- Between 1000 and 3000 tonnes of macro-plastics float on the surface of the Mediterranean (such as plastic bottles, bags, packaging and fishing nets);
- There are 25 million plastic particles in the Mediterranean per km2;
- 7% of all micro-plastics on earth are concentrated in the Mediterranean, even though the Mediterranean sea only represents 1% of water on earth.
However, this dynamic is pushing the cities to establish an inclusive, circular economy with new local jobs.
Since 2018, the Lemon Aide alliance works to bring together stakeholders in the recycling sector around a common goal: turn waste into resources while creating jobs for people distanced from the labour market. Lemon Aide was set up by the recycling startup Lemon Tri together with Fondation Agir Contre l’Exclusion (FACE) and Danone. Together, they offer their clients recycling solutions (such as waste bins or machines) and take care of the collection and traceability of the recycled materials, while creating access to the labour market for those who are furthest removed from it. In Marseille, there are now sorting solutions in 15 shopping malls in Bouches-du-Rhônes, at large shops such as IKEA, at schools and even at events such as festivals.
City level: Nice
The city of Nice also fosters circularity to boost its local economy and environment, especially in industry. Recall that in the French circular economy strategy, EIT (Ecologie Industrielle et Territoriale) is an important pillar which aims to establish circular material flows (water, energy, materials, logistics, resources …) between companies and industries.
Let’s look at an EIT project to see how industrial sites can become circular hubs. There was a business park in Saint-Laurent du Var that needed to be modernized. The PACA region, Chamber of Commerce and environmental agency ADEME provided funding to develop the site in a circular way. First, a study was conducted to map the material and energy flows on the park. Next, ACT’IF software, a tool based on geolocation that maps material flows, was implemented to identify potential synergies for resource exchange. What were the results? This project found out how the 300 companies on the business park can collaborate in a circular way. For example by efficiently sharing (excess) flows of materials, or by sharing jobs, providing pooled training for employees or by buying products through group purchasing.
Circularity never smelled so good!
The Provence is known for its endless purple fields of lavender. With an abundance of flowers and herbs, it is no coincidence that the region has a thriving perfume and cosmetics industry. And the sector is also implementing circularity principles. For example the cosmetics brand L’Occitane, which is produced in the M&L Laboratories in Provence. L’Occitane eco-designed a special, sustainable shampoo. Their Aromachologie shampoo adheres to four sustainability and circularity principles. Firstly, materials and ingredients are locally sourced from Europe. Secondly, the formula has 93% natural ingredients, is 98% biodegradable and the manufacturing process is done at cold temperatures. Third of all, the packaging is more environmentally friendly because there is no extra sleeve, the bottle is extra-large (500 ml), there is a reward system for customers to return empty packaging, it is made from 100% recycled PET, and it comes with a pump to assure an appropriate dose of product. Lastly, the shampoo bottle is 100% recyclable and the pump can be detached for optimal sorting of materials.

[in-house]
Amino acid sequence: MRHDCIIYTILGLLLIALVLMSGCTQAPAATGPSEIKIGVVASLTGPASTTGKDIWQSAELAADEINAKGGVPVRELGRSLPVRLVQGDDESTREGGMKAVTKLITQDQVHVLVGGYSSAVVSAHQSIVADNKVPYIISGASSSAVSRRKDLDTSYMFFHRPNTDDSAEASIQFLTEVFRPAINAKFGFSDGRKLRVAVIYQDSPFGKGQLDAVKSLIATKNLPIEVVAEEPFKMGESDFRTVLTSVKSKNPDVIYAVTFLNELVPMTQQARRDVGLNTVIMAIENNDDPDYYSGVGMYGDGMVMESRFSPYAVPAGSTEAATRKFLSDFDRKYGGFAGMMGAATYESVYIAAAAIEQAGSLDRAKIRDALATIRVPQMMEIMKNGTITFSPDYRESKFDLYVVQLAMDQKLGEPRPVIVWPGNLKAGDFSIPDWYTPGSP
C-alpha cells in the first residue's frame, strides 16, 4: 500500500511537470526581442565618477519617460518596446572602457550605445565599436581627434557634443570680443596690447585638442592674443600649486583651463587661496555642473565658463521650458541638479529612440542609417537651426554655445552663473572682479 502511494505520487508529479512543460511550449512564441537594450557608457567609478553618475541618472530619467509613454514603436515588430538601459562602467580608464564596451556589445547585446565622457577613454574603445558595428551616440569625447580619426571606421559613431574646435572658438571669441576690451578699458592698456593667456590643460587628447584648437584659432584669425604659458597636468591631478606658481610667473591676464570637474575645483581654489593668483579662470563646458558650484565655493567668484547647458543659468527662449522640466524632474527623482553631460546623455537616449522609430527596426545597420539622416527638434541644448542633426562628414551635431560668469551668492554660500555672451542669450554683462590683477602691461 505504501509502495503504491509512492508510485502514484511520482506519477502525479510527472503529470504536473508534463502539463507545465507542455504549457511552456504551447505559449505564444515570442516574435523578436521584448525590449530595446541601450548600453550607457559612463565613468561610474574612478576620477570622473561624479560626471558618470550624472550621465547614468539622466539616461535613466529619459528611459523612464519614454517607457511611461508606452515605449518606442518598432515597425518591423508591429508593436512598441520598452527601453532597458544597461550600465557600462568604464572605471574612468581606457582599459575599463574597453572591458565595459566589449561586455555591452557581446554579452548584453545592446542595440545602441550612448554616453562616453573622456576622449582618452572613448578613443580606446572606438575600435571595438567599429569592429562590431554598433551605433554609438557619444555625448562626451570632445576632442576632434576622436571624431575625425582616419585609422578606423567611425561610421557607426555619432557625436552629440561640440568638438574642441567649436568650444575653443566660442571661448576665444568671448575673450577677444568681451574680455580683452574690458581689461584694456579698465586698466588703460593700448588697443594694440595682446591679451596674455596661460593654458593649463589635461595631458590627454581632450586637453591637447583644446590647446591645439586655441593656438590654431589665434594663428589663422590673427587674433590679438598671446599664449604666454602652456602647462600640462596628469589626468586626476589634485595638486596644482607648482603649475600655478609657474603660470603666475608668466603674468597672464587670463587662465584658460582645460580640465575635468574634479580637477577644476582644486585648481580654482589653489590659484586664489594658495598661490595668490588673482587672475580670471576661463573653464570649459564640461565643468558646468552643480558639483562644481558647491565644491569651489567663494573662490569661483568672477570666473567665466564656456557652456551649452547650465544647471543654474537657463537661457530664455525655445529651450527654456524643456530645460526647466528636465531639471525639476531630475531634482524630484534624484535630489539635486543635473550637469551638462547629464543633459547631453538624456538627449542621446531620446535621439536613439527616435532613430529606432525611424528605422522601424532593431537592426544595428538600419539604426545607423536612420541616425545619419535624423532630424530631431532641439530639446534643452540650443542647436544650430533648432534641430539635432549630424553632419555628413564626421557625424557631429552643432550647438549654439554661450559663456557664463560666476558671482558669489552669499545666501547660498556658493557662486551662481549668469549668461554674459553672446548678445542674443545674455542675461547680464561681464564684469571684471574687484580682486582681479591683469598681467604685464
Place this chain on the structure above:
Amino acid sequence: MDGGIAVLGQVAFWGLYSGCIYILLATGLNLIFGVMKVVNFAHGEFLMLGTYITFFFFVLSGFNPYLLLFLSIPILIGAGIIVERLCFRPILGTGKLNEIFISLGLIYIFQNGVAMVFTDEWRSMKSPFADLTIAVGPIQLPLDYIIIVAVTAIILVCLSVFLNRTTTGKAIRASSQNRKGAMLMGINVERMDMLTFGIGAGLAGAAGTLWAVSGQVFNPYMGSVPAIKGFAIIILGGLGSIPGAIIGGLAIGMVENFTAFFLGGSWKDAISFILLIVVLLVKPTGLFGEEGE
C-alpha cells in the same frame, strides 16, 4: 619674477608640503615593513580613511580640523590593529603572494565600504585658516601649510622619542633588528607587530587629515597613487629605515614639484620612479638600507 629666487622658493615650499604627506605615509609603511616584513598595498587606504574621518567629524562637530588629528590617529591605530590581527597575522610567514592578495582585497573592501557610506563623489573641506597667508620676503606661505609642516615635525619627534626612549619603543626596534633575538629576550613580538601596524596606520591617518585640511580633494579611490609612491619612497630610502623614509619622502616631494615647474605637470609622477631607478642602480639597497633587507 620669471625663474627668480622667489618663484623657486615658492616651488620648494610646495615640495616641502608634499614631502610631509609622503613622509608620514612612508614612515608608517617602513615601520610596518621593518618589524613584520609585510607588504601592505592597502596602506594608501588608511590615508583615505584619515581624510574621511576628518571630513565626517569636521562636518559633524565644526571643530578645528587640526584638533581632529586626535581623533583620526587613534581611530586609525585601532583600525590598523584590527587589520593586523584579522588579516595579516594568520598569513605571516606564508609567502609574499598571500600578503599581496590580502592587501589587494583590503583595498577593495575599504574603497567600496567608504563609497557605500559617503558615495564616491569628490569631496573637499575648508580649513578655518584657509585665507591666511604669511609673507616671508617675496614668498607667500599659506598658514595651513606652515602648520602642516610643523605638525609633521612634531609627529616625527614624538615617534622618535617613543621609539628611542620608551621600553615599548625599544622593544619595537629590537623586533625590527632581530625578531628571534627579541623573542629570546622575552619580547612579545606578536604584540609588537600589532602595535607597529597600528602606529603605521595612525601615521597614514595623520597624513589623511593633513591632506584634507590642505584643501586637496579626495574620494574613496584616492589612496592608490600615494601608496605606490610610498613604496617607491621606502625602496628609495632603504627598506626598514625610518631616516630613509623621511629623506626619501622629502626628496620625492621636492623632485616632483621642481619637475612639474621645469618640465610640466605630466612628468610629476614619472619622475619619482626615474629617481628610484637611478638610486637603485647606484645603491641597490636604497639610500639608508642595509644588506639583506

Recently, the circular economy association OREE and the federation for beauty companies FEBEA published a report on sustainability in the cosmetics industry. Find many more examples to be inspired, here!
The Plastic Odyssey
In Marseille, the first floating laboratory called the Plastic Odyssey, dedicated to plastic waste recycling and reduction will depart in 2020 for a 3-year expedition along the coasts of Africa, South America, and the Asia-Pacific. Every minute, 19 tons of plastic are dumped in our oceans. And once they’re there, it is too late. The plastic sinks and breaks down into pieces too small to be collected. Therefore, the Plastic Odyssey’s mission is to make sure this waste never ends up in the ocean. During their expedition, the ship will make more than 30 stopovers across the 3 continents most affected by plastic pollution to study the local needs and use of plastics and initiate local recycling units and waste reduction initiatives.
Recycling of unsold products is a challenge for the luxury business; they do not want the products to end up in the wrong hands, because of concerns of counterfeiting and discount markets. However, the luxury fashion group LVMH started the LIFE project to prove that circularity is still possible. While fifteen years ago, the group’s obsolete products were incinerated; now the excess is recycled in the PACA region. LVMH set up a partnership with the waste management firm CEDRE. Together they innovate to find new solutions for deconstructing products and optimizing traceability and security in the recycling process. It started with the Perfumes & Cosmetics division, but CEDRE now also specializes in the Fashion & Leather Goods divisions. This shows that circular economy can work for luxury too!
Educating the public
GRAINE is an organisation for environmental education in PACA. They teach citizens in the region how to adopt sustainable and circular habits. They do not do this alone; they create partnerships with local companies to create programs around specific topics. For example on water saving. PACA can experience droughts and water is therefore precious. The local population knows this, but many tourists that visit are not yet aware of it. Therefore, GRAINE worked together with the regional water agency to target local public places such as campings, hotels and stores to provide information to tourists. Thanks to a customizable communication kit (with articles and posters), communities can offer citizens tangible and practical solutions on to save water!
If you have any questions how to expand from the Netherlands into a French region, the Netherlands Enterprise Agency (RVO.nl), Embassy of the Netherlands in France and for the PACA region specifically the NBSO Lyon are here for you. Please do not hesitate to contact us.